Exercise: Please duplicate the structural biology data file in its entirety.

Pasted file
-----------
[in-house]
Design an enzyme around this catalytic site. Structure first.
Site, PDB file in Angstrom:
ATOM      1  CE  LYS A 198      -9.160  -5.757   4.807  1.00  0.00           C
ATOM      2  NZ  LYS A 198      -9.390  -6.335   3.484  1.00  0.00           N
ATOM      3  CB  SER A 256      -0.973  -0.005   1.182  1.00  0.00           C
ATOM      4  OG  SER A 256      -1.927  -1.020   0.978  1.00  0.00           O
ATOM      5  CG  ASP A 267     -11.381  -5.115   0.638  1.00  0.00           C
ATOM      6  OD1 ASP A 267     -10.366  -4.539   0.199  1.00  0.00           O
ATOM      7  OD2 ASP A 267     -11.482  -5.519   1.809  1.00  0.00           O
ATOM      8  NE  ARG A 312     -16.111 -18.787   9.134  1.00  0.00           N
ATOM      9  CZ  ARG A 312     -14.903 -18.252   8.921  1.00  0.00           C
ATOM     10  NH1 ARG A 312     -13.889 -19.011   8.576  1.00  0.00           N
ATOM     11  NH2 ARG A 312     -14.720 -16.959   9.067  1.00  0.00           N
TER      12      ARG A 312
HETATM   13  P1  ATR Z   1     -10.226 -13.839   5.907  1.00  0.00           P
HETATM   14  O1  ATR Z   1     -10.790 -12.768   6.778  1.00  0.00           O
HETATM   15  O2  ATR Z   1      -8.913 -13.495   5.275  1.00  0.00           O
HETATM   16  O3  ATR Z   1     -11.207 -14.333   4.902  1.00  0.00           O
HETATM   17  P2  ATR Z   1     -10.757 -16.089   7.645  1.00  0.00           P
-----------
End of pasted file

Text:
[in-house]
Design an enzyme around this catalytic site. Structure first.
Site, PDB file in Angstrom:
ATOM      1  CE  LYS A 198      -9.160  -5.757   4.807  1.00  0.00           C
ATOM      2  NZ  LYS A 198      -9.390  -6.335   3.484  1.00  0.00           N
ATOM      3  CB  SER A 256      -0.973  -0.005   1.182  1.00  0.00           C
ATOM      4  OG  SER A 256      -1.927  -1.020   0.978  1.00  0.00           O
ATOM      5  CG  ASP A 267     -11.381  -5.115   0.638  1.00  0.00           C
ATOM      6  OD1 ASP A 267     -10.366  -4.539   0.199  1.00  0.00           O
ATOM      7  OD2 ASP A 267     -11.482  -5.519   1.809  1.00  0.00           O
ATOM      8  NE  ARG A 312     -16.111 -18.787   9.134  1.00  0.00           N
ATOM      9  CZ  ARG A 312     -14.903 -18.252   8.921  1.00  0.00           C
ATOM     10  NH1 ARG A 312     -13.889 -19.011   8.576  1.00  0.00           N
ATOM     11  NH2 ARG A 312     -14.720 -16.959   9.067  1.00  0.00           N
TER      12      ARG A 312
HETATM   13  P1  ATR Z   1     -10.226 -13.839   5.907  1.00  0.00           P
HETATM   14  O1  ATR Z   1     -10.790 -12.768   6.778  1.00  0.00           O
HETATM   15  O2  ATR Z   1      -8.913 -13.495   5.275  1.00  0.00           O
HETATM   16  O3  ATR Z   1     -11.207 -14.333   4.902  1.00  0.00           O
HETATM   17  P2  ATR Z   1     -10.757 -16.089   7.645  1.00  0.00           P